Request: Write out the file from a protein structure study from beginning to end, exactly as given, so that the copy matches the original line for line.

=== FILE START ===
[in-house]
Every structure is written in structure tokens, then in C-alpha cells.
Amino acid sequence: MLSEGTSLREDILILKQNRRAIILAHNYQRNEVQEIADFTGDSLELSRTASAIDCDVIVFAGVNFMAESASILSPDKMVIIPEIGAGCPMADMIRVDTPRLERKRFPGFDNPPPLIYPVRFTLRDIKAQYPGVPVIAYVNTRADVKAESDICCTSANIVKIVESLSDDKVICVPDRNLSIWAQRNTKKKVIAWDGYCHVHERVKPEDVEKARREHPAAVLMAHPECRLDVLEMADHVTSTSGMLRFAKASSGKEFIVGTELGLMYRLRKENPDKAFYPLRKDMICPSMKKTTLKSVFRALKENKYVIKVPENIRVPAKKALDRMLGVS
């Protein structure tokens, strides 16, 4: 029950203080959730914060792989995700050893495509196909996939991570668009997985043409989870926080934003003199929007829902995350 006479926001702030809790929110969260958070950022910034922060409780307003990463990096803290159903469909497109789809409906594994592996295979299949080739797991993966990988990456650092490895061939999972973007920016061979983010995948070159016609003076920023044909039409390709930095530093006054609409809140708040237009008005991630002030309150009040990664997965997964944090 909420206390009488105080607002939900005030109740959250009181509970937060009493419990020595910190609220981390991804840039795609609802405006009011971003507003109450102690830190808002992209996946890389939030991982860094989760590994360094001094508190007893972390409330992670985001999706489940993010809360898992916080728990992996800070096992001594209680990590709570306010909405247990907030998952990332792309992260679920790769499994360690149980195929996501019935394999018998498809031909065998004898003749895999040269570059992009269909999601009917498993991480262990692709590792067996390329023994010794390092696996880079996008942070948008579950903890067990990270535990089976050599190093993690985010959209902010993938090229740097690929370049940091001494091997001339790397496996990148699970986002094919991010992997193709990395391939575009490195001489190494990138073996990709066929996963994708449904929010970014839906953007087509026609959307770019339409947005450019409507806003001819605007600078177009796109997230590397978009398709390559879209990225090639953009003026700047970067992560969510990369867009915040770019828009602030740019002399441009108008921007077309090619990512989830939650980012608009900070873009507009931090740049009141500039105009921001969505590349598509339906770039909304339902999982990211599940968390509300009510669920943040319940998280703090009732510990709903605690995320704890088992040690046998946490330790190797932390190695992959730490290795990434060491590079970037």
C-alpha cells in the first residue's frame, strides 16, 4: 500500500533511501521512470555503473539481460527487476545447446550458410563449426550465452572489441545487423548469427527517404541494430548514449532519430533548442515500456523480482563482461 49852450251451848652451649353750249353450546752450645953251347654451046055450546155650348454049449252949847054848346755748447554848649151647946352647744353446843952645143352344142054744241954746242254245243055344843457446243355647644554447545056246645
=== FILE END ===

[in-house]
Every structure is written in structure tokens, then in C-alpha cells.
Amino acid sequence: MLSEGTSLREDILILKQNRRAIILAHNYQRNEVQEIADFTGDSLELSRTASAIDCDVIVFAGVNFMAESASILSPDKMVIIPEIGAGCPMADMIRVDTPRLERKRFPGFDNPPPLIYPVRFTLRDIKAQYPGVPVIAYVNTRADVKAESDICCTSANIVKIVESLSDDKVICVPDRNLSIWAQRNTKKKVIAWDGYCHVHERVKPEDVEKARREHPAAVLMAHPECRLDVLEMADHVTSTSGMLRFAKASSGKEFIVGTELGLMYRLRKENPDKAFYPLRKDMICPSMKKTTLKSVFRALKENKYVIKVPENIRVPAKKALDRMLGVS
């Protein structure tokens, strides 16, 4: 029950203080959730914060792989995700050893495509196909996939991570668009997985043409989870926080934003003199929007829902995350 006479926001702030809790929110969260958070950022910034922060409780307003990463990096803290159903469909497109789809409906594994592996295979299949080739797991993966990988990456650092490895061939999972973007920016061979983010995948070159016609003076920023044909039409390709930095530093006054609409809140708040237009008005991630002030309150009040990664997965997964944090 909420206390009488105080607002939900005030109740959250009181509970937060009493419990020595910190609220981390991804840039795609609802405006009011971003507003109450102690830190808002992209996946890389939030991982860094989760590994360094001094508190007893972390409330992670985001999706489940993010809360898992916080728990992996800070096992001594209680990590709570306010909405247990907030998952990332792309992260679920790769499994360690149980195929996501019935394999018998498809031909065998004898003749895999040269570059992009269909999601009917498993991480262990692709590792067996390329023994010794390092696996880079996008942070948008579950903890067990990270535990089976050599190093993690985010959209902010993938090229740097690929370049940091001494091997001339790397496996990148699970986002094919991010992997193709990395391939575009490195001489190494990138073996990709066929996963994708449904929010970014839906953007087509026609959307770019339409947005450019409507806003001819605007600078177009796109997230590397978009398709390559879209990225090639953009003026700047970067992560969510990369867009915040770019828009602030740019002399441009108008921007077309090619990512989830939650980012608009900070873009507009931090740049009141500039105009921001969505590349598509339906770039909304339902999982990211599940968390509300009510669920943040319940998280703090009732510990709903605690995320704890088992040690046998946490330790190797932390190695992959730490290795990434060491590079970037």
C-alpha cells in the first residue's frame, strides 16, 4: 500500500533511501521512470555503473539481460527487476545447446550458410563449426550465452572489441545487423548469427527517404541494430548514449532519430533548442515500456523480482563482461 49852450251451848652451649353750249353450546752450645953251347654451046055450546155650348454049449252949847054848346755748447554848649151647946352647744353446843952645143352344142054744241954746242254245243055344843457446243355647644554447545056246645